Utagawa Kunimasa, “Young Woman and a Cat at a Kotatsu”
Tokyo National Museum. Ukiyo-e, Nihon bijutsu zenshū, Tokugawa, (Comprehensive Collection of Japanese Art) vol. 20 (Kōdansha, 1991), p. 34. Via Japan Focus.

I ended up skipping the May reader since I was busy with the edits for the cross-dressing in anime and manga series. However, the gender issue rightfully on everyone’s mind in May was Elliot Rodger and #YesAllWomen. I don’t have much to contribute that conversation other than a link to a list of well written articles below, but I do have some more articles to share about gender in Japan.

In this gender reader: the history of beauty in Japan and China, gendered pronouns in Japanese and English, a survey of LGBT students in Japan, a collection of essential articles about Isla Vista, and more.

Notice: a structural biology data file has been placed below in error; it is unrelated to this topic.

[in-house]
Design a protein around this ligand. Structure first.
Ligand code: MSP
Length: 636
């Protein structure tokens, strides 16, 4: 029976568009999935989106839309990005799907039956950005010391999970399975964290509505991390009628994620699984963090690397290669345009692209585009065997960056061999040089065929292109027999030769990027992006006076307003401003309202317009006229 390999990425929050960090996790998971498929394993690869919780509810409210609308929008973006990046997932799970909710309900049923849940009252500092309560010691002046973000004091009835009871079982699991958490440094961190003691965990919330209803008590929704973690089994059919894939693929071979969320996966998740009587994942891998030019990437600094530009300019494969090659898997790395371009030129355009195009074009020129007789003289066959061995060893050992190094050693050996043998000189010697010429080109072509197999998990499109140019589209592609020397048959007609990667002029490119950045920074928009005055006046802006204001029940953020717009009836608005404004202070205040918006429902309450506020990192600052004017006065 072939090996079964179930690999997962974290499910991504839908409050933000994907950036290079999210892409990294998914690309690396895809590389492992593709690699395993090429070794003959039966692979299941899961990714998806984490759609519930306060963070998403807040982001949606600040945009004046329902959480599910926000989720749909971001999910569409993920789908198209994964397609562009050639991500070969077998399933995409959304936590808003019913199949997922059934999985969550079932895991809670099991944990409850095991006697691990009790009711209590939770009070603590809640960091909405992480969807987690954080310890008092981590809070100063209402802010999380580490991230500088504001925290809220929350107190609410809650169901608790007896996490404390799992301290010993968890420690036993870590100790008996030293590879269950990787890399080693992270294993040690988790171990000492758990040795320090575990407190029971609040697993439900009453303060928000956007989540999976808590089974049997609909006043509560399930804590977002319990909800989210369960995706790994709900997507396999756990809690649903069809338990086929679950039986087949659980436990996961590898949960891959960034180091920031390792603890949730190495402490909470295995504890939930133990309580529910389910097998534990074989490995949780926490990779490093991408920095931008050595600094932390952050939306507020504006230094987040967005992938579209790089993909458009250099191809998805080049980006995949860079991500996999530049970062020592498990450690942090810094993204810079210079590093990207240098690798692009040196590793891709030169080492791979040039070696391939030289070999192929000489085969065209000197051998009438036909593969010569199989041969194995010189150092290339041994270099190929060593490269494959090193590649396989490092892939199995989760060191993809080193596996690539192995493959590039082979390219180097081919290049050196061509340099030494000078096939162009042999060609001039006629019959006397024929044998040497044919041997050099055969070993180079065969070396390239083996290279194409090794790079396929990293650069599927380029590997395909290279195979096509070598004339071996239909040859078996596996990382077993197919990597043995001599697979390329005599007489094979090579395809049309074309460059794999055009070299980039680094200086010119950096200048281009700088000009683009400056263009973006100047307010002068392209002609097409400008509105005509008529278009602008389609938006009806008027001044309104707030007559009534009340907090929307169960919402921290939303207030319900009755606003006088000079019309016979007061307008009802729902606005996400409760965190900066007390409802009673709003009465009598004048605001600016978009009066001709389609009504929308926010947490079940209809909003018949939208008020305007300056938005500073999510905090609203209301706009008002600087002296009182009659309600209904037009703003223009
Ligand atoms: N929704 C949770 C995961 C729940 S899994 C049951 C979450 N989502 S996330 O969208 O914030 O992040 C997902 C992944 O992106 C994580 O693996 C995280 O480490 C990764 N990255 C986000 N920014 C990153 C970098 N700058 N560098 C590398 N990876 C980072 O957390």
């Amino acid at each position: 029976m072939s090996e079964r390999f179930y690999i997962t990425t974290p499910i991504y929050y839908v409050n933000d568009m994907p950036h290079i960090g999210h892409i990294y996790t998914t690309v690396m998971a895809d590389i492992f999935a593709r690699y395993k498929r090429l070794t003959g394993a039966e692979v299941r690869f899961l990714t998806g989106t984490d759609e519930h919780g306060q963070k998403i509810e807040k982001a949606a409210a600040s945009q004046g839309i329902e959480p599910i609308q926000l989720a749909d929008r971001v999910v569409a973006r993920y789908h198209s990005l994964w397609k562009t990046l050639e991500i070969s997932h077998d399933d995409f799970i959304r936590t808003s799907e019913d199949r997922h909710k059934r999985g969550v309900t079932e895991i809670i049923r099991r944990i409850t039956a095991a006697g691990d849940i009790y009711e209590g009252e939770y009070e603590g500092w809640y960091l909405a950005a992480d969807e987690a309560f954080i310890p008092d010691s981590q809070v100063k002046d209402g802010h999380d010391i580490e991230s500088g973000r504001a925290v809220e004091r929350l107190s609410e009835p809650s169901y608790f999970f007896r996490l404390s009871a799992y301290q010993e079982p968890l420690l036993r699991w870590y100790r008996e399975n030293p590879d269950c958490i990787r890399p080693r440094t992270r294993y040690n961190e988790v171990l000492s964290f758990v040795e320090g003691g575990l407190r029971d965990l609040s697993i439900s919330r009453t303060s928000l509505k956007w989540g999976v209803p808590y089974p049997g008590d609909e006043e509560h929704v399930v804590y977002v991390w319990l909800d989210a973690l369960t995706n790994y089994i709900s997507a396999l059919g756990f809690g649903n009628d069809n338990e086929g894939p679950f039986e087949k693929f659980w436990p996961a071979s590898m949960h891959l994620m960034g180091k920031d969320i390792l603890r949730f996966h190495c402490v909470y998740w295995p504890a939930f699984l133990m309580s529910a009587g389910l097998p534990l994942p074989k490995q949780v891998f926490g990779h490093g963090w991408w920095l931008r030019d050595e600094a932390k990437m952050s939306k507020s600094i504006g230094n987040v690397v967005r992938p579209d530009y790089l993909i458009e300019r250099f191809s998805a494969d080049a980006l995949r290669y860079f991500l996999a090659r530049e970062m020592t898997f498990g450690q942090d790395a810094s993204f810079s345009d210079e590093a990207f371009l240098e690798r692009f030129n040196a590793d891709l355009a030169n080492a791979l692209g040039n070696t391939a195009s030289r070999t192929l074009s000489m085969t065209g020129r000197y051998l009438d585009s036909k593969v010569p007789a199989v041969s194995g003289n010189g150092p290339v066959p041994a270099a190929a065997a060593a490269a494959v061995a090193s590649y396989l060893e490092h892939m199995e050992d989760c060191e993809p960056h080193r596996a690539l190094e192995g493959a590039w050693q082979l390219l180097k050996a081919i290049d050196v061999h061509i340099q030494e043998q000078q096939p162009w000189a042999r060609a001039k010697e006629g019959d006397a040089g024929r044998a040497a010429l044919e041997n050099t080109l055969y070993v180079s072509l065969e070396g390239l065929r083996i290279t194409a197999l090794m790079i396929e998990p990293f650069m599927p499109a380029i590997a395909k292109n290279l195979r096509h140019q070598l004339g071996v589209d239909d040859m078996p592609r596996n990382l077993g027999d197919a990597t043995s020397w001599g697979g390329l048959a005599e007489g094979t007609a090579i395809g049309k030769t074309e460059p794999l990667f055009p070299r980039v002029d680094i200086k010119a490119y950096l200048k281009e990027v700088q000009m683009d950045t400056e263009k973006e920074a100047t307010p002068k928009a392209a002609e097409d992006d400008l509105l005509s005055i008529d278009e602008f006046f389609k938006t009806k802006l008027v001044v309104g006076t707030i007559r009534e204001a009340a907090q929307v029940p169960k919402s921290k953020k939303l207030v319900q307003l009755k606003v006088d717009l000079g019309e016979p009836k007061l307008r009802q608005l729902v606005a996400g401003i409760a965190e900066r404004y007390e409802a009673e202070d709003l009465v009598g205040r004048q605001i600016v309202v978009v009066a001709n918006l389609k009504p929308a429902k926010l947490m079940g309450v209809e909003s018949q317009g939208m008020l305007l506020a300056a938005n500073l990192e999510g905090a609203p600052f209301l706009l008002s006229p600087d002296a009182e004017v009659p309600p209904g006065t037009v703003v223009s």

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Part Three: Humor(?)

In Part 3 of this series, Kathryn and I will be examining cross-dressing in comedies and comedic tropes about cross-dressing. Can cross-dressing be treated as more than the butt of a joke? Yes!

Part 2 here. All images safe for work. Mild spoilers for the works discussed; some larger spoilers for Ouran.

Via Gagging on Sexism.

Haruhi Fujioka has no time for your gender nonsense. Via Gagging on Sexism.

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Part Two: The Theatre

A novel by Rosalie Lamorlière. (Joyce Farmer discovers Ingrid Bergman's Joan of Arc in No Straight Lines, p. 25.

How can she be a girl if I love her so much?: A novel by Rosalie Lamorlière.
(Joyce Farmer discovers Ingrid Bergman’s Joan of Arc in No Straight Lines, p. 25.)

In this section, my co-author and I explore cross-dressing in the theatre, specifically all-male kabuki and all-female Takarazuka Revue, how these productions queer our views of the gender binary, and how the main character of The Rose of Versailles disrupts tropes about women cross-dressing as men. Part 1 here.